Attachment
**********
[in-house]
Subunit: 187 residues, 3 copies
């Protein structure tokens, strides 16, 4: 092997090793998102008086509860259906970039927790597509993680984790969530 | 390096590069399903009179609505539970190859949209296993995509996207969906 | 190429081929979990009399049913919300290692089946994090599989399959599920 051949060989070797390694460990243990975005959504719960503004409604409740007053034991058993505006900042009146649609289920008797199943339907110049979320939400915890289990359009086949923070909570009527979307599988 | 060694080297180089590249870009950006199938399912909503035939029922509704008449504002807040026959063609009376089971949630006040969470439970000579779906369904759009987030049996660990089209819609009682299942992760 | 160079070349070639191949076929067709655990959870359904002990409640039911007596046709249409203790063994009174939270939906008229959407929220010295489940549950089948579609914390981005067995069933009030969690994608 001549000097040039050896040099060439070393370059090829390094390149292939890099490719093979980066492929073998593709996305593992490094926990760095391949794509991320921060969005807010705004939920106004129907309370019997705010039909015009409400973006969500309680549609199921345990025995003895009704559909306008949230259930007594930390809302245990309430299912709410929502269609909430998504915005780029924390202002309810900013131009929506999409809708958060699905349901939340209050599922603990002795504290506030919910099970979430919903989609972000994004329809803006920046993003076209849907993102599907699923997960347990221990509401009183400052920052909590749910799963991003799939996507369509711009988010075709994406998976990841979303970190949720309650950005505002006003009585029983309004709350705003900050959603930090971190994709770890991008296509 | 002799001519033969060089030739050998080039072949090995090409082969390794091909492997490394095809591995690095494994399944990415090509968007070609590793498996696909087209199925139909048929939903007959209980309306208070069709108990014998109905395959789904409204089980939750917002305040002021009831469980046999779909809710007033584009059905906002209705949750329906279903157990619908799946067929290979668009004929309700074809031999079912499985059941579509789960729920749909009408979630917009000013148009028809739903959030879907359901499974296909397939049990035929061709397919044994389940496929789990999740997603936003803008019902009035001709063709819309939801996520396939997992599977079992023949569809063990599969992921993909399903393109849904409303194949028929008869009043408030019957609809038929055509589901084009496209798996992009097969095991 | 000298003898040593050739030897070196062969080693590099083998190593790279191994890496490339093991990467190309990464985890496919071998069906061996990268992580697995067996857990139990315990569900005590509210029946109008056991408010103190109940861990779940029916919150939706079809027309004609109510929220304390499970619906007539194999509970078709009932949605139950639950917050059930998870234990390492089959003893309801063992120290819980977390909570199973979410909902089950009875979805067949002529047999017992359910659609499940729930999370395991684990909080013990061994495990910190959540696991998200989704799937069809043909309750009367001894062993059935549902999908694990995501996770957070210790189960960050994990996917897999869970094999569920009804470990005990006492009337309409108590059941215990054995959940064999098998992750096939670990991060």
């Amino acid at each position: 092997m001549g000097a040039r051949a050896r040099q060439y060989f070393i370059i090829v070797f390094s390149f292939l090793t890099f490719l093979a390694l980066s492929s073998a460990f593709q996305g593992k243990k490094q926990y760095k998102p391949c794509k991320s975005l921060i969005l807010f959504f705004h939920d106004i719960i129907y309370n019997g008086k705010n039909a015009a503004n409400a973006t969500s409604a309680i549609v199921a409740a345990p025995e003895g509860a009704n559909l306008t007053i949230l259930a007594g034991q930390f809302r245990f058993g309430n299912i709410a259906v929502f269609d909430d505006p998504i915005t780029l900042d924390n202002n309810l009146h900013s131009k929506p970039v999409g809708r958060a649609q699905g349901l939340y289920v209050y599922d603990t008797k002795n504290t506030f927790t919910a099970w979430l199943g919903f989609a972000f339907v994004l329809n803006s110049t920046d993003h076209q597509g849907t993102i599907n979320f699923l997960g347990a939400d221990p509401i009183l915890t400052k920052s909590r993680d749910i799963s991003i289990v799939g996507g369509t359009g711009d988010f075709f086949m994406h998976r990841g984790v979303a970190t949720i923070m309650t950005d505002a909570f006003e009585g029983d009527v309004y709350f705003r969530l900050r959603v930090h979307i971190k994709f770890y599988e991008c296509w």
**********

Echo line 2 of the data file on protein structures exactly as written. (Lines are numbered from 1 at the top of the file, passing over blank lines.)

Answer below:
Subunit: 187 residues, 3 copies